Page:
Gathering together the best shooters is no easy task, but if you’re looking for a new PC FPS to play, look no further.
Your favourite game is at number 51.
RPS Feature The Worthiest Reticules Of All Time
Yes yes yes thank goodness hooray finally oh gosh woooo wheeeee yeah excellent fantastic wonderful groovy there should be a parade.
No One Lives Forever, the excellent tongue-in-cheek spy series from Monolith whose rights mysteriously went missing, is very likely about to get an online re-release. Finally. So, where in the world has
Carmen Sandiego Cate Archer been hiding all this time? Well, it looks like Night Dive Studios – they of the System Shock 2 and Humongous Entertainment re-releases – got ahold of the series, though they’re not committing to anything just yet.
Once upon a time Monolith made the candy/1970s-colored No One Lives Forever, but then the years passed and the colors drained away. The result? F.E.A.R., which traded NOLF’s yuck-yuck-yucks for some spooky, splattery “oh… yucks.” Flash forward to today: all of the color is gone, with six Monolith vets producing the gloomily black-and-white Betrayer. It’s got scares in spades and thick cobwebs of dread lingering in every corner of its 1604 Roanoke colony setting, but is it any good? Now you can find out. Launch trailer below.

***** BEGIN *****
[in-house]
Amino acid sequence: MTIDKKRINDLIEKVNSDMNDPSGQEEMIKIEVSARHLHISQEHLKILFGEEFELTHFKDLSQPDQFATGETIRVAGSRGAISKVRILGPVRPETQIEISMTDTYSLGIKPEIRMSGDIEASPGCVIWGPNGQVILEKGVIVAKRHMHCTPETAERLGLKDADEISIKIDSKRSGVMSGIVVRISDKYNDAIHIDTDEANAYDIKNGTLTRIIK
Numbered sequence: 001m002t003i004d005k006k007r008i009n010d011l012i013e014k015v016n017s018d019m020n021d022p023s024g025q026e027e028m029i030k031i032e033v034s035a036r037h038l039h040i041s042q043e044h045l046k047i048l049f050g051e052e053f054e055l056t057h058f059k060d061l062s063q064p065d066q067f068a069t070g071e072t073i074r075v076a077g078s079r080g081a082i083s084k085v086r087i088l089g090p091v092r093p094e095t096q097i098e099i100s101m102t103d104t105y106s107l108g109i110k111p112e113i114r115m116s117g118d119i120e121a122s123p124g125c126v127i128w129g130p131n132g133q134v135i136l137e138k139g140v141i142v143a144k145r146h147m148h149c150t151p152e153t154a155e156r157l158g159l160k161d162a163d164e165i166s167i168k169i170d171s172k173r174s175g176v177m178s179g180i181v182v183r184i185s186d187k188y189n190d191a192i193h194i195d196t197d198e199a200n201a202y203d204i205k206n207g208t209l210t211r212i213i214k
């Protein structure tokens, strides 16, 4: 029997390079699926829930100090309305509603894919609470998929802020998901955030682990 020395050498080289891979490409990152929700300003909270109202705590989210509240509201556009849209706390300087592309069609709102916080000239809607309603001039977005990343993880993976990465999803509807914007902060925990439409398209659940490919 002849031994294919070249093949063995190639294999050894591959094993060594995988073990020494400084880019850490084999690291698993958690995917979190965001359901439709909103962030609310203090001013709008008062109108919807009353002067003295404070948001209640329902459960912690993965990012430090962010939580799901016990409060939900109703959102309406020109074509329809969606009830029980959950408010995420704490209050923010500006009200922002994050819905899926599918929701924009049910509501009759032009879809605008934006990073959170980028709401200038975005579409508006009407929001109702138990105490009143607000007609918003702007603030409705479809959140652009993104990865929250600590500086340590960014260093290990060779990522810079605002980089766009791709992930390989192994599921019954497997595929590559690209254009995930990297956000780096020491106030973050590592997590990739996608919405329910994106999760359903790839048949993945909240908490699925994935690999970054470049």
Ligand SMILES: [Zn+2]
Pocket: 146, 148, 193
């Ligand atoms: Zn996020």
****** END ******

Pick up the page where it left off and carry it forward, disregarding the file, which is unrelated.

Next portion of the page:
No One Lives Forever was basically the greatest. This is an incontrovertible truth of the universe. The unabashedly groovy stealth shooter (and its sequel; though not blah blah blam blam spin-off Contract J.A.C.K) was equal parts silly and smart, with a peeling back of the proverbial weaponized banana peel yielding everything from lowbrow stereotypes to startlingly nuanced dissections of sexism and the criminal mind. Also, it had the best phonetic title acronym ever. NOLF. Just say that out loud. Isn’t it wonderful? It’s like the yelp a dog would make if its nose were being pinched by an enraged yet largely harmless lobster. But anyway, point being, wouldn’t it be great if we could somehow get another from somebody? Please? Well, happily, there appear to be at least a couple interested parties. Problem is, Cate Archer’s performed a disappearing act so formidable that even the likes of the maniacal *lightning crackles* Activision Corp can’t track her down.
Yesterday saw my No One Lives Forever retrospective appear on the mighty Eurogamer. Maybe you’d like to read a thing like that. A thing like that begins like this:
They say money makes the world go round, but this is somewhat inaccurate. Leftover momentum from the solar nebula makes the world go round. Money, in fact, is not responsible for rotation, gravity, nor indeed any number of other phenomena in the galaxy. It does, however, occasionally make games less interesting. You simply couldn’t make No One Lives Forever today. You couldn’t because it would be too long, require far too many assets, and most significantly of all, risk all the cost of development on a comedy game – a genre that no longer exists. Its international scale, its enormous volume of content and its emphasis on making you laugh add up to something that feels like it’s from another age – an age before an FPS lasted six hours and cost $250 million.